Life in Seika, Japan

Howdy there! My name is Kai and I am the Coordinator for International Relations in Seika Town, Kyoto Prefecture, Japan. Hopefully by reading this blog you all will get a good picture of what life is like in Seika town, and all the great things that happen down here.

Wednesday, September 27, 2006

First Impressions of Seika

I’ve been in Seika for about 3 weeks now and I’ve been pretty preoccupied by setting up my apartment and getting accustomed to my new job. So far I really haven’t had much time to explore the town or meet that many people, but it seems that everywhere I go people seem to know exactly who I am! The first few projects that I did as the new Coordinator for International Relations was to write an introductory article about myself for the town newsletter, get interviewed by a local newspaper, and give a short speech in front of the town council meeting that was apparently televised. So even though I don’t know many people around town lots of people have read all about me and recognize my face from the pictures in the papers. Wow, this is a completely new experience for me!

Having lived in big cities like San Francisco and Tokyo and never having had even one minute of fame, I am used to a life of complete anonymity. I don’t know if any of you have ever had this experience but it is strange to be recognized by people I have never even met before. In a small town like Seika I feel like a celebrity. At first it was alarming to hear that people actually read the articles I wrote and saw my pictures in the paper, but now I am starting to see how close of a community I live in and that I actually have a position that people take notice of.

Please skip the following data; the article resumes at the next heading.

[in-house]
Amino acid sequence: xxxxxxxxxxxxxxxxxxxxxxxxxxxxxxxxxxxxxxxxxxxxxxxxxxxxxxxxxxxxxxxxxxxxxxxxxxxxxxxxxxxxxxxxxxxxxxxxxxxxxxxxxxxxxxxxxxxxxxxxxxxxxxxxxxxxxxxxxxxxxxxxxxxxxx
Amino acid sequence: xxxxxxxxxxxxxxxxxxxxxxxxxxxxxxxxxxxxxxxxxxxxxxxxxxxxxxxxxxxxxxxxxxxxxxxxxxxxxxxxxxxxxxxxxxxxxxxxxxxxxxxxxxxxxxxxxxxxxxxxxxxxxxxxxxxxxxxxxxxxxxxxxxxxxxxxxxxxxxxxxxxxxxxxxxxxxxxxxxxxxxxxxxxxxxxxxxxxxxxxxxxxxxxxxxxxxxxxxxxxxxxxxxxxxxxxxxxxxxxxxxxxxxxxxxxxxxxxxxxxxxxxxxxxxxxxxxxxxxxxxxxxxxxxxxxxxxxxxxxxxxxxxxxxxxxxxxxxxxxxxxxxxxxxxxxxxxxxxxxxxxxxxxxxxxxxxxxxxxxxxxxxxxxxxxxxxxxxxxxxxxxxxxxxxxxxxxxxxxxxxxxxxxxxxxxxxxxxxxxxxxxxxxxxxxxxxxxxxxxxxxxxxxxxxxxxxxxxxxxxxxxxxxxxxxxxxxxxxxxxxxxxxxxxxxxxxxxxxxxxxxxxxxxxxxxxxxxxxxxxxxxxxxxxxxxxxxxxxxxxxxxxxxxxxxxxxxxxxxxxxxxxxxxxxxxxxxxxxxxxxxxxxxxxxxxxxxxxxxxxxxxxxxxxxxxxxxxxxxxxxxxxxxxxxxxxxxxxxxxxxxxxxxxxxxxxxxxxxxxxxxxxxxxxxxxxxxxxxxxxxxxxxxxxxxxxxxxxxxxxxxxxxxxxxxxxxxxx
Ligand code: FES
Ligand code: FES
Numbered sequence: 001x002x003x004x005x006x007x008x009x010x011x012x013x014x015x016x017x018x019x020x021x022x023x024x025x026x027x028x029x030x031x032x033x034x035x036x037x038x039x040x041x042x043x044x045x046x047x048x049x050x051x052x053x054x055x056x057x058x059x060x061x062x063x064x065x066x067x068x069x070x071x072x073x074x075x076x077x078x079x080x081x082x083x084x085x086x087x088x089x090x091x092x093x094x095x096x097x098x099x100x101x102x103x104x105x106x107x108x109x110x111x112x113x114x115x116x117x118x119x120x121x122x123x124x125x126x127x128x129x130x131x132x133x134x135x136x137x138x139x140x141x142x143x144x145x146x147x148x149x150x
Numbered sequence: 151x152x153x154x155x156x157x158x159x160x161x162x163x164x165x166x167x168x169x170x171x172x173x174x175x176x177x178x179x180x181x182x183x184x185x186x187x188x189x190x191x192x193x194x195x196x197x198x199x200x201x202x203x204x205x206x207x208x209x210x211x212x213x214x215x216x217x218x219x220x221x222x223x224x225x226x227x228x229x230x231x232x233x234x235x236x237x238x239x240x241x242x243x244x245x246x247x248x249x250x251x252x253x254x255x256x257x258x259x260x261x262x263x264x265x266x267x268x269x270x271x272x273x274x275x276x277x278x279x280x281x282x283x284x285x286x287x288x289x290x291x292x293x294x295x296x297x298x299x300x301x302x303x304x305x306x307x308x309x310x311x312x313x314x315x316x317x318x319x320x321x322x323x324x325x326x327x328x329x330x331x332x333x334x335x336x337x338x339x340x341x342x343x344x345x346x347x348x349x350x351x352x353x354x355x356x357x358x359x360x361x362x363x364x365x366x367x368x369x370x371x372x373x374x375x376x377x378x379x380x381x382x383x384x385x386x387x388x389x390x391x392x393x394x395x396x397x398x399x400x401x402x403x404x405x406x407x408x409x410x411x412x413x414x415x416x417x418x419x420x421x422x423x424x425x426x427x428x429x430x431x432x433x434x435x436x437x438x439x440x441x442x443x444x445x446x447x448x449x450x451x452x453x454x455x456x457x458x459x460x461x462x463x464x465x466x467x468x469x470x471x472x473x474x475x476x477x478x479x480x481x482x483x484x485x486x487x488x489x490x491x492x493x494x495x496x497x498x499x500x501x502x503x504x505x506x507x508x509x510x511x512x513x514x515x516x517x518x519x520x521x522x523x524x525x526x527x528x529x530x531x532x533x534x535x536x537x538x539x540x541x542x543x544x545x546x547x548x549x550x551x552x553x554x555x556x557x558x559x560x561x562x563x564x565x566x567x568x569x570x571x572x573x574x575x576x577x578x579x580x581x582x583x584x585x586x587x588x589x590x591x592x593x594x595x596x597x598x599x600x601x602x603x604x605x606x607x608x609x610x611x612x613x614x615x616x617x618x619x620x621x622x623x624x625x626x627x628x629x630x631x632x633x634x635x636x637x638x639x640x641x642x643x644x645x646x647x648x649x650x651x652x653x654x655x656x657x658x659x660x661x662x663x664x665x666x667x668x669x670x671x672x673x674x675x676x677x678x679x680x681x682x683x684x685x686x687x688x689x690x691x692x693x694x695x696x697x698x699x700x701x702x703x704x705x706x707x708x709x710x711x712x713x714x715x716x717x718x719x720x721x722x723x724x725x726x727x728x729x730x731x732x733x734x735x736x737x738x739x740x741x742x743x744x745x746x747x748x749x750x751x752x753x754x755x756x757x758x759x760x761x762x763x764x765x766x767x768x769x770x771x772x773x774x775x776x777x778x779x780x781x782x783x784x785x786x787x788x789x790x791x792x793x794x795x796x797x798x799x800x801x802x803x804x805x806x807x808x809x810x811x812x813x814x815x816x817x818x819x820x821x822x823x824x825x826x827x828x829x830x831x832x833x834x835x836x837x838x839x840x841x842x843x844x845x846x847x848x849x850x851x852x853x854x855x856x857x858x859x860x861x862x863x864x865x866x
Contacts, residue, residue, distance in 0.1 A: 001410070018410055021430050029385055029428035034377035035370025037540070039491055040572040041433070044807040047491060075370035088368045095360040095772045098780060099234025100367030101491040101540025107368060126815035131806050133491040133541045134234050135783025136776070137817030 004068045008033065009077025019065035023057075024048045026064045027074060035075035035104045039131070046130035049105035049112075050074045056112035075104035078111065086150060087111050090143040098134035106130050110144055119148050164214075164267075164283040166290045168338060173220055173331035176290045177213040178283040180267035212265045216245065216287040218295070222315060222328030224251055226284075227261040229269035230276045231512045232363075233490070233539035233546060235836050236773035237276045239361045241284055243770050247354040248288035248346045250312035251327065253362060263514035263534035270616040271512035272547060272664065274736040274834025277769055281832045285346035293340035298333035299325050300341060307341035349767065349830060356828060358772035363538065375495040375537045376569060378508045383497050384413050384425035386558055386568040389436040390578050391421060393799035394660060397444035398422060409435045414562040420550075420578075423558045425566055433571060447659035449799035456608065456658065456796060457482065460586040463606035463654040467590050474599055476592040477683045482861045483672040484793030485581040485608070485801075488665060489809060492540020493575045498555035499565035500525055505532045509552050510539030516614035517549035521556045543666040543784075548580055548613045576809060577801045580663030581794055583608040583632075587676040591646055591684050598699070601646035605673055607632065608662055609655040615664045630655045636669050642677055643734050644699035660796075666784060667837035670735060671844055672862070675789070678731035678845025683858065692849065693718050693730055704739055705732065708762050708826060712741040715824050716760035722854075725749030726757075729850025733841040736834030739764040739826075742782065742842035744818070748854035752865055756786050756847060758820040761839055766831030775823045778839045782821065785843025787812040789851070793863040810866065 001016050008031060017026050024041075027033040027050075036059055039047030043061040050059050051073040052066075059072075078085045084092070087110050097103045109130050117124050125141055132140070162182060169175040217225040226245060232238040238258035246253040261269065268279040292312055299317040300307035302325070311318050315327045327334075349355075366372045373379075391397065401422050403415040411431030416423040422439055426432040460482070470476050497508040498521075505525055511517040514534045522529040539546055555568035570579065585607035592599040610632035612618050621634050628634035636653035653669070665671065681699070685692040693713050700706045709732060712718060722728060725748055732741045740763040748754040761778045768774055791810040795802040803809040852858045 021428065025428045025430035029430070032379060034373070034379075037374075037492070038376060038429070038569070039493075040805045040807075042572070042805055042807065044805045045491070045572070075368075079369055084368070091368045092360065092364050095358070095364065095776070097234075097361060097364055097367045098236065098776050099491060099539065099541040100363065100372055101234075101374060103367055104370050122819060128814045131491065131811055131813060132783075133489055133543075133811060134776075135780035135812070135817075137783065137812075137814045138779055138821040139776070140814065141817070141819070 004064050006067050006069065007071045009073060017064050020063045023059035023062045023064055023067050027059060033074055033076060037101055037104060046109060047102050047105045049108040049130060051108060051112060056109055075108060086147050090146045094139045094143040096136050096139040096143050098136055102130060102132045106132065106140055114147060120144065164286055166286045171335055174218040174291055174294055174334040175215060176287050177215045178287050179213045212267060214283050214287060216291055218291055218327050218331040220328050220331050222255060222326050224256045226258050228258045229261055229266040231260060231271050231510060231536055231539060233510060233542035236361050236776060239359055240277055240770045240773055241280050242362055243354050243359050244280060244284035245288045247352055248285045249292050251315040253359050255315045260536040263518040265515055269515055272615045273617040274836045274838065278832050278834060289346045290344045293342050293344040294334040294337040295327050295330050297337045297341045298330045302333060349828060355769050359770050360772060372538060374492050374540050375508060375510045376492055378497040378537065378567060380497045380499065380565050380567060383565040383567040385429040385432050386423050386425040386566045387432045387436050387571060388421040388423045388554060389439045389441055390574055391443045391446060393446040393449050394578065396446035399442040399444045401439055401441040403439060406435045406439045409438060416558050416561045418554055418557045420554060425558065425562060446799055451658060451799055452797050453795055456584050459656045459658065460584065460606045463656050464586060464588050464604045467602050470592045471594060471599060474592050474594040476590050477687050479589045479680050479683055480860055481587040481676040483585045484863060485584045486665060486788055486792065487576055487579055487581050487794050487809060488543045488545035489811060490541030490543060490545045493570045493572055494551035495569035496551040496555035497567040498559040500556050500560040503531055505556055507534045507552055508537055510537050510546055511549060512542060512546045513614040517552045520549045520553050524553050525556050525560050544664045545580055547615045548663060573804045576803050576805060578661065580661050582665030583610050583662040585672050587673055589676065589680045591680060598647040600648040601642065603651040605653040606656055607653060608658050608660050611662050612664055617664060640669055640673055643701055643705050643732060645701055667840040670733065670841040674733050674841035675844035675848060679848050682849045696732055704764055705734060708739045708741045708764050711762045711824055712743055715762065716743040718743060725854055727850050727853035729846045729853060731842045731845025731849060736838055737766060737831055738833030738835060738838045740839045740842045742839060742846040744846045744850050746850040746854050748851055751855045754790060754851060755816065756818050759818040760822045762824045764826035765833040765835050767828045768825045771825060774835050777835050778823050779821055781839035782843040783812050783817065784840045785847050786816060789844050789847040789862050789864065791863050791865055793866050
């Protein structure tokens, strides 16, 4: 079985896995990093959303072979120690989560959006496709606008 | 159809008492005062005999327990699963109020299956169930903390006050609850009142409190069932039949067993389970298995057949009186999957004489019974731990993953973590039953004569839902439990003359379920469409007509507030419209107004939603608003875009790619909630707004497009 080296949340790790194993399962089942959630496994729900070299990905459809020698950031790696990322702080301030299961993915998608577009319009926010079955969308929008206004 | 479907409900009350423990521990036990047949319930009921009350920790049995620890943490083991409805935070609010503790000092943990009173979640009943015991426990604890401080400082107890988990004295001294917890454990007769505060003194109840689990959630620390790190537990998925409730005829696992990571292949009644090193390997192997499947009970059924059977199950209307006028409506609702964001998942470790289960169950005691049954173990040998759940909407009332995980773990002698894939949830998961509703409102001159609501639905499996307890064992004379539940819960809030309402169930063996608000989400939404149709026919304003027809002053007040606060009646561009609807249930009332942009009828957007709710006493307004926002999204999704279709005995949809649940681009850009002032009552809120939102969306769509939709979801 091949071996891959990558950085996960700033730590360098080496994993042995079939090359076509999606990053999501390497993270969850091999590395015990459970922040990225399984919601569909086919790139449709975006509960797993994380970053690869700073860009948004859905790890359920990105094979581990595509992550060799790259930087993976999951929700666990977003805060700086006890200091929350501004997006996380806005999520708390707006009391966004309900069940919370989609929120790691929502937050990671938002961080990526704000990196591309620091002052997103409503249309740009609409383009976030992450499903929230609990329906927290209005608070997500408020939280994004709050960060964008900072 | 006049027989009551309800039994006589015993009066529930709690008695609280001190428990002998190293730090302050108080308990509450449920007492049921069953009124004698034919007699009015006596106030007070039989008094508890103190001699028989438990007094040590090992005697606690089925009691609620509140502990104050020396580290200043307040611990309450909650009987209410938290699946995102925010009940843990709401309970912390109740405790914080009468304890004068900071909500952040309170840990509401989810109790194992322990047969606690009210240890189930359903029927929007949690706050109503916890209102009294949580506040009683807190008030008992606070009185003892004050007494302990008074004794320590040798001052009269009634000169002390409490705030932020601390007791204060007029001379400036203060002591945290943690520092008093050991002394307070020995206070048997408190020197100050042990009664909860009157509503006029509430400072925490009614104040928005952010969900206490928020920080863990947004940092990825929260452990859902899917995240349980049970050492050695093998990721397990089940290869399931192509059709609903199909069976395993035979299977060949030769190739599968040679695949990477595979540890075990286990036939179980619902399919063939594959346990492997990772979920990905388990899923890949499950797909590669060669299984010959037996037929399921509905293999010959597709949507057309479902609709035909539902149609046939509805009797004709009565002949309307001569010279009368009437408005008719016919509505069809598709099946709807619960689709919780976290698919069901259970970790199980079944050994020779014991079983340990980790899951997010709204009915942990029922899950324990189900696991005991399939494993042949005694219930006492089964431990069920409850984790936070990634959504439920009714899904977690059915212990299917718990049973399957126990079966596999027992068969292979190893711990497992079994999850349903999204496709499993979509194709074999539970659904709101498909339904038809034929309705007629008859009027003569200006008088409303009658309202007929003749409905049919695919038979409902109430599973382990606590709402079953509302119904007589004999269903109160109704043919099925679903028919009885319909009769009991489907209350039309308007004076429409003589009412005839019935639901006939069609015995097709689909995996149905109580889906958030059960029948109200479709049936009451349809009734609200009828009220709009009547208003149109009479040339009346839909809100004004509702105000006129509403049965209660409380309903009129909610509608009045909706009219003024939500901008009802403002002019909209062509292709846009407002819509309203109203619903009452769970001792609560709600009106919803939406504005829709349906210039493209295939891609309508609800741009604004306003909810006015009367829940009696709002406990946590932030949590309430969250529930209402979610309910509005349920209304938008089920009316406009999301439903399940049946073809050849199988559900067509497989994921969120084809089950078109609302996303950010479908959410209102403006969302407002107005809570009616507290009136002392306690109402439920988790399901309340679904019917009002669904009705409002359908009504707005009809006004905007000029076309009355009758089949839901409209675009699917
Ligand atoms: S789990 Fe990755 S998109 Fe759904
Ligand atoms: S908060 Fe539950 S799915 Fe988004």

So this is the Japan I always heard of: Not the glitzy buzzing frenzy that is Tokyo, but the small town where people know each other and actually say hi on the streets when they pass. Everywhere I go people are friendly and are happy to help if I have what seems like a random and possibly stupid question. For example, I actually stopped a women in the market to ask which was the best type of rice to buy. She seemed pleased to take 5 minutes to explain to me all the different types of rice and how to prepare them. Also it seems like it may be impossible to actually pay for a meal when I go out as I always end up having a lively conversation with an unknown person sitting close by who ends up treating me to my meal. These are things that I heard happened in Japan but never actually experienced having lived in Tokyo for a year.

Seika Town seems to represent the essence of small town Japanese life and is truly a great place to live. Now I am really starting to see why my predecessor said that I was lucky to have gotten a job in this town.